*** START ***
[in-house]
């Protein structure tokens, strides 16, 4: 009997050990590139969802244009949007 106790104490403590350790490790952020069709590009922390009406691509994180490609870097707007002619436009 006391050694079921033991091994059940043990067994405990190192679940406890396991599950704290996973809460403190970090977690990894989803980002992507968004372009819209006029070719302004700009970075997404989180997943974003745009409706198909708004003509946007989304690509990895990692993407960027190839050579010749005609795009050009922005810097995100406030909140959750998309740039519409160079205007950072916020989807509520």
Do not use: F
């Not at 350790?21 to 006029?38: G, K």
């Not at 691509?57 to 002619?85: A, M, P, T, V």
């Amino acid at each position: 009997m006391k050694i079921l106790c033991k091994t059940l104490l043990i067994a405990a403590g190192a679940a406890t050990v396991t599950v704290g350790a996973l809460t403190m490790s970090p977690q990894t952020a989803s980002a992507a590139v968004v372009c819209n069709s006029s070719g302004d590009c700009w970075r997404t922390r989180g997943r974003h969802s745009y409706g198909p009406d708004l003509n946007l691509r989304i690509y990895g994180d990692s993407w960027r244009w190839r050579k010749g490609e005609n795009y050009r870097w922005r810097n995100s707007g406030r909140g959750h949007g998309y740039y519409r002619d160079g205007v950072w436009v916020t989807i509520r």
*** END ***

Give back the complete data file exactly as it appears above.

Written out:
[in-house]
């Protein structure tokens, strides 16, 4: 009997050990590139969802244009949007 106790104490403590350790490790952020069709590009922390009406691509994180490609870097707007002619436009 006391050694079921033991091994059940043990067994405990190192679940406890396991599950704290996973809460403190970090977690990894989803980002992507968004372009819209006029070719302004700009970075997404989180997943974003745009409706198909708004003509946007989304690509990895990692993407960027190839050579010749005609795009050009922005810097995100406030909140959750998309740039519409160079205007950072916020989807509520």
Do not use: F
């Not at 350790?21 to 006029?38: G, K």
């Not at 691509?57 to 002619?85: A, M, P, T, V």
């Amino acid at each position: 009997m006391k050694i079921l106790c033991k091994t059940l104490l043990i067994a405990a403590g190192a679940a406890t050990v396991t599950v704290g350790a996973l809460t403190m490790s970090p977690q990894t952020a989803s980002a992507a590139v968004v372009c819209n069709s006029s070719g302004d590009c700009w970075r997404t922390r989180g997943r974003h969802s745009y409706g198909p009406d708004l003509n946007l691509r989304i690509y990895g994180d990692s993407w960027r244009w190839r050579k010749g490609e005609n795009y050009r870097w922005r810097n995100s707007g406030r909140g959750h949007g998309y740039y519409r002619d160079g205007v950072w436009v916020t989807i509520r």